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What Is a Package?

A package is a namespace that organizes a set of related classes and interfaces.


Conceptually you can think of packages as being similar to different folders on your
computer. You might keep HTML pages in one folder, images in another, and scripts
or applications in yet another. Because software written in the Java programming
language can be composed of hundreds or thousands of individual classes, it makes
sense to keep things organized by placing related classes and interfaces into packages.

The Java platform provides an enormous class library (a set of packages) suitable for
use in your own applications. This library is known as the "Application Programming
Interface", or "API" for short. Its packages represent the tasks most commonly
associated with general-purpose programming
You can access public classes in another (named) package using:
package-name.class-name
You can access the public fields and methods of such classes using:
package-name.class-name.field-or-metho
You can avoid having to include the package-name using:
import package-name.*;

Java code is organized into packages. This organization is helpful when you write some Java code that
you want to use in another program. For example, if I wanted to write a class called Foo that I wanted to
use in another program, I would place Foo into a package by using the "package" keyword at the top of
the Foo.java file:

package org.mycode;

Now if I wanted to use my Foo class, I would use an import statement to tell the Java compiler the name
of the package (where it can find Foo). Example:

import org.mycode.Foo;

Now I can use the Foo object like so:

Foo f = new Foo();

You can still use Foo even if you don't use an import statement. You would just need to re-write the code
to:

org.mycode.Foo f = new org.mycode.Foo();

Obviously you have to type much less when using an import statement, so most programmers will use
them.
A package is a collection of related classes.It helps Organize your classes into a folder
structure and make it easy to locate and use them.
More importantly,It helps improve re-usability.
Syntax:-
1 package;
The following video takes you through the steps of creating a package.

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Assignment 1:To create a package
Step 1) Copy the following code into an editor
1
2 package p1;
class c1{
3 public void m1(){
4 System.out.println("Method m1 of Class c1");
5 }
6 public static void main(String args[]){
c1 obj = new c1();
7
obj.m1();
8 }
9 }
10
Step 2) Save the file as Demo.java. Compile the file as, javac d . Demo.java
Step 3) Run the code as java p1.c1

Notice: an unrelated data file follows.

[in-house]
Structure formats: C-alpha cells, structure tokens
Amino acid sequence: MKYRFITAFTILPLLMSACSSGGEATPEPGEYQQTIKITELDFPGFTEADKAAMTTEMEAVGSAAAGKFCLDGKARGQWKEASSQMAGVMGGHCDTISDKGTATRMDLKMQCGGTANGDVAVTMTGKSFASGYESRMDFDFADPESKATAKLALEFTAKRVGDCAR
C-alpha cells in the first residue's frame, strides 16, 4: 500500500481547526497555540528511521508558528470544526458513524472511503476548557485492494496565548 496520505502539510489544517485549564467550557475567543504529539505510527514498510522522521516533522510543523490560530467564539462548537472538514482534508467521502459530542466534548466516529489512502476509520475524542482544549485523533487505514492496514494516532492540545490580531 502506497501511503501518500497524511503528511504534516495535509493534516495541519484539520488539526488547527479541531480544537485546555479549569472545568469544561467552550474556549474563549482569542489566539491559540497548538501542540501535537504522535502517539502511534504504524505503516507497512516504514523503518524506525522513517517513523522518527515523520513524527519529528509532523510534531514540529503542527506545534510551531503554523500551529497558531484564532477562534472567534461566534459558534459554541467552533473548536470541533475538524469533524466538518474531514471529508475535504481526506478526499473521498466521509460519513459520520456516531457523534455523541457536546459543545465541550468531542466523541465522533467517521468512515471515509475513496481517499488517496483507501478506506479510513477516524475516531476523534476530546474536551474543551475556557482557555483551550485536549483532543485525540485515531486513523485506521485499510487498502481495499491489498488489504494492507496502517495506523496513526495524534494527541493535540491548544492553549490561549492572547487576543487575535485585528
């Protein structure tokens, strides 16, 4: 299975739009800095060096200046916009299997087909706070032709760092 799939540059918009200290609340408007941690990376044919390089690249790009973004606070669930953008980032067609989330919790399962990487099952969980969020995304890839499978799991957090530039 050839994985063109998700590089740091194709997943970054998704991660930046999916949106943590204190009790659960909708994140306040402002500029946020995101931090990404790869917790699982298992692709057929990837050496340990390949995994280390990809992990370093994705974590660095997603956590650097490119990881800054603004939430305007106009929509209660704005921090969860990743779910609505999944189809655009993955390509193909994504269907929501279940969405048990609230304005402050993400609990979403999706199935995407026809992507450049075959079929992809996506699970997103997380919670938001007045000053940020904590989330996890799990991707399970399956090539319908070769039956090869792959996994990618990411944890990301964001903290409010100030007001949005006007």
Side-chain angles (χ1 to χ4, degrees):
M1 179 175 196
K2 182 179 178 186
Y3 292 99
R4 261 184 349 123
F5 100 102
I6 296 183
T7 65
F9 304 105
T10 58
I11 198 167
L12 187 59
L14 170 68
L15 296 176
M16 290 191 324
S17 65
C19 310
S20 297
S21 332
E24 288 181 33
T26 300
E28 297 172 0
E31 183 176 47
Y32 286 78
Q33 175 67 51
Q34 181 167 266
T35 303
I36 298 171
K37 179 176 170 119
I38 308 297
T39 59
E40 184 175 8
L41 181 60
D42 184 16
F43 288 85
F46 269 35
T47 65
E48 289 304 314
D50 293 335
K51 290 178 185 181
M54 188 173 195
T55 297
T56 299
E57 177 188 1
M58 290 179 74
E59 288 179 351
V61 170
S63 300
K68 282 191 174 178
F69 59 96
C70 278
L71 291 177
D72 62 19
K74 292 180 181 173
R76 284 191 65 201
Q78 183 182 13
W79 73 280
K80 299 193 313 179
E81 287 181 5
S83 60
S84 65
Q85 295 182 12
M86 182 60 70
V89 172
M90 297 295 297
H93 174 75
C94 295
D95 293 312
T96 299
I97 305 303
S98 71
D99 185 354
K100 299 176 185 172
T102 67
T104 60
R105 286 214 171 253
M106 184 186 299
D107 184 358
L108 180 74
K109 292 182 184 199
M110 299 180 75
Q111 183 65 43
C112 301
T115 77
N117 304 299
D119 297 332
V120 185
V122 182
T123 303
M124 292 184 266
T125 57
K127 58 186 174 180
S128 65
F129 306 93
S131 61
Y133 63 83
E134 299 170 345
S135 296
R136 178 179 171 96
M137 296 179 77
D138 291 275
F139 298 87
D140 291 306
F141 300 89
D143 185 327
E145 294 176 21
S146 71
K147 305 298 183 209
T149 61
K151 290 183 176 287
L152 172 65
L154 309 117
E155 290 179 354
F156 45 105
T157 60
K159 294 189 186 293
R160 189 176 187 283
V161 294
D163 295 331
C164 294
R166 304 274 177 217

Assignment 2) To create a sub-package


Step1) Copy the following code into an editor
package p1.p2;
1
class c2{
2
3 public void m2(){
4 System.out.println("Method m2 of Class c2");
5 }
6 public static void main(String args[]){
7 c2 obj = new c2();
obj.m2();
8 }
9 }
10
Step 2) Save the file as Demo2.java. Compile the file as javac d . Demo2.java
Step 3) Run the code as java p1.p2.c2

importing a package
To create an object of a class (bundled in a package), in your code, you have to use its fully
qualified name.
Ex.
1 java.awt.event.actionListner object = new java.awt.event.actionListner();
But , it could become tedious to type in the long dot-separated package path name for every
class you want to use. Instead it is recommended you use the import statement.
Syntax
1 import ;
Once imported , you can use the class without mentioning its fully qualified name.
Ex:
1 import java.awt.event.*; // * signifies all classes in this package
2 import javax.swing.JFrame // here only the JFrame class is imported
3 //Usage
JFrame f = new JFrame; // without fully qualified name.
4
Assignment 3: To import package
Step 1) Copy the code into an editor.
1
2 // Using packages created in earlier assignment
3 package p3;
import p1.*; //imports classes only in package p1 and NOT in the sub-package p2
4 class c3{
5 public void m3(){
6 System.out.println("Method m3 of Class c3");
7 }
8 public static void main(String args[]){
9 c1 obj1 = new c1();
obj1.m1();
10 p1.p2.c2 obj2 = new p1.p2.c2();
11 obj2.m2();
12 }
13 }
14
Step 2) Save the file as Demo2.java . Compile the file using the command javac d .Demo2.java
Step3) Execute the code using the command java p3.c3

Packages points to note:


To avoid naming conflicts packages are given names of the domain name of the
company in reverse Ex : com.guru99. com.microsoft, com.infosys etc.

When a package name is not specified , a class is into the default package (the current
working directory) and the package itself is given no name. Hence you were able to execute
assignments earlier.

While creating a package, care should be taken that the statement for creating package
must be written before any other import statements
1 // not allowed
2 import package p1.*;
3 package p3;